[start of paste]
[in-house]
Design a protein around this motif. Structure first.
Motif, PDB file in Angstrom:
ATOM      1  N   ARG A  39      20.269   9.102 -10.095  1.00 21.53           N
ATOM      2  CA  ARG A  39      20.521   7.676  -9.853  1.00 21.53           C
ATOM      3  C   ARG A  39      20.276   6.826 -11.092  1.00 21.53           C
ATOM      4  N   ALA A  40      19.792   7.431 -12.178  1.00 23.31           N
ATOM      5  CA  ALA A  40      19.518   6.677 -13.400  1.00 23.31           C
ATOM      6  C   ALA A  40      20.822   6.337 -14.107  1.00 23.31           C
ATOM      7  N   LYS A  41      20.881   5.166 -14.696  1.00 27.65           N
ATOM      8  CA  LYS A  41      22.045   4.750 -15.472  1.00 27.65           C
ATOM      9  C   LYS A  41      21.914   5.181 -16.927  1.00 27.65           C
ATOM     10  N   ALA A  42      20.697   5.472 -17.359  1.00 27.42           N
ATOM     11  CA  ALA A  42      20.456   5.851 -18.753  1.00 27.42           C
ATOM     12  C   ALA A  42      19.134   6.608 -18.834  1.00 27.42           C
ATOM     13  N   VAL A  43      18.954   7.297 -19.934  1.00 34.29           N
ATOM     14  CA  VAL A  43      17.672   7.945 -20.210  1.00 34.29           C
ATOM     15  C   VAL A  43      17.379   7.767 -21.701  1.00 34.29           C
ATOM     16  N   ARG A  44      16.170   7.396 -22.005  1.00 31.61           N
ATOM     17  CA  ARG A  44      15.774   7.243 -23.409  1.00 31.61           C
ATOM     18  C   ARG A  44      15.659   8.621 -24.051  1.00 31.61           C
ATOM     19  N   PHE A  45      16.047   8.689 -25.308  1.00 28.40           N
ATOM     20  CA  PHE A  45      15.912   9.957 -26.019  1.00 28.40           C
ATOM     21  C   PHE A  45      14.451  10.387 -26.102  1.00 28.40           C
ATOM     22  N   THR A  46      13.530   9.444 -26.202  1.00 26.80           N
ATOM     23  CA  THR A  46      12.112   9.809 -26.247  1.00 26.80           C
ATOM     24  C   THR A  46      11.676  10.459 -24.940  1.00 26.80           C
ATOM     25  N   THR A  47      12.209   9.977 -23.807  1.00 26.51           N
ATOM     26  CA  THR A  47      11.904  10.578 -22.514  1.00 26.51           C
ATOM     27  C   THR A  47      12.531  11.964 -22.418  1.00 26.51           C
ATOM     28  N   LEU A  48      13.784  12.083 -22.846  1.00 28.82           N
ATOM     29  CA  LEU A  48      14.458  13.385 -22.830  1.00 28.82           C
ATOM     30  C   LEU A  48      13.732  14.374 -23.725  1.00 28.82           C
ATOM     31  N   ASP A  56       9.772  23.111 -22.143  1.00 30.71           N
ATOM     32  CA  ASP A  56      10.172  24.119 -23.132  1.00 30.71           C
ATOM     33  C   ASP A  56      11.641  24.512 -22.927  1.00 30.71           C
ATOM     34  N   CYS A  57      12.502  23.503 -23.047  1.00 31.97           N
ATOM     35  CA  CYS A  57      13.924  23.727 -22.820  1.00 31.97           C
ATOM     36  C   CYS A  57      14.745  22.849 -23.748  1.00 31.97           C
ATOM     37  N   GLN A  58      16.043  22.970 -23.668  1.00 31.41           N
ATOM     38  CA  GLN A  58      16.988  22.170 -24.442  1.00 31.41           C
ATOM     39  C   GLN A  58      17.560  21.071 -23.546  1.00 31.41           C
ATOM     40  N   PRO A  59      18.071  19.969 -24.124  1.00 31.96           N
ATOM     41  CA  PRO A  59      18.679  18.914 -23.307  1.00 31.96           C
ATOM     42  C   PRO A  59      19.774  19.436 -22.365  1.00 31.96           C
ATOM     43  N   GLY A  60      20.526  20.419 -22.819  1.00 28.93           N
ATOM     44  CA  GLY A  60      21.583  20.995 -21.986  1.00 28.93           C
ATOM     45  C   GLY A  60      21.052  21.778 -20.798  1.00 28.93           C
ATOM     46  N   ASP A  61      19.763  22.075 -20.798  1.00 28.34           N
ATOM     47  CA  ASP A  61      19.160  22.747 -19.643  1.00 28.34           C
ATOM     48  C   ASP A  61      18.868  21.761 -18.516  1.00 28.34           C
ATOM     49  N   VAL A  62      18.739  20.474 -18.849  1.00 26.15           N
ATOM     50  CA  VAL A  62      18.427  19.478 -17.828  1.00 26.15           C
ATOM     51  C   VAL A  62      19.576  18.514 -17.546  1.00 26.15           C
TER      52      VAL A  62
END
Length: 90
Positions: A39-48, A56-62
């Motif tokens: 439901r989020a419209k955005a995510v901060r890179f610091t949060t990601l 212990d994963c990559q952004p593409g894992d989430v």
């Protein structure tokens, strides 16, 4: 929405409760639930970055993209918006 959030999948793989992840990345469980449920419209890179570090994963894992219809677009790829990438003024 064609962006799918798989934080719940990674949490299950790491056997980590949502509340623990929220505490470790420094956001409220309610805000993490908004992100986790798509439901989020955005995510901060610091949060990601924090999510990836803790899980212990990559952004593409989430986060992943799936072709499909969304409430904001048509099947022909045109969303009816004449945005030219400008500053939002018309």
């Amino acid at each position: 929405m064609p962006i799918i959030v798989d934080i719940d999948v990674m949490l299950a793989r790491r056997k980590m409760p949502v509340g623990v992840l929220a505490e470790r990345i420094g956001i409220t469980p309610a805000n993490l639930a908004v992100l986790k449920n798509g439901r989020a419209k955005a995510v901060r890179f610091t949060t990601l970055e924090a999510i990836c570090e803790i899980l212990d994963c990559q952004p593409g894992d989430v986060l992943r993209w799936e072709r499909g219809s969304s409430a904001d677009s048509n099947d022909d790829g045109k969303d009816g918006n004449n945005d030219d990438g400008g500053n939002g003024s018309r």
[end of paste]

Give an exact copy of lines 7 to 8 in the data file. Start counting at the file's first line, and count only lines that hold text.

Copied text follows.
ATOM      4  N   ALA A  40      19.792   7.431 -12.178  1.00 23.31           N
ATOM      5  CA  ALA A  40      19.518   6.677 -13.400  1.00 23.31           C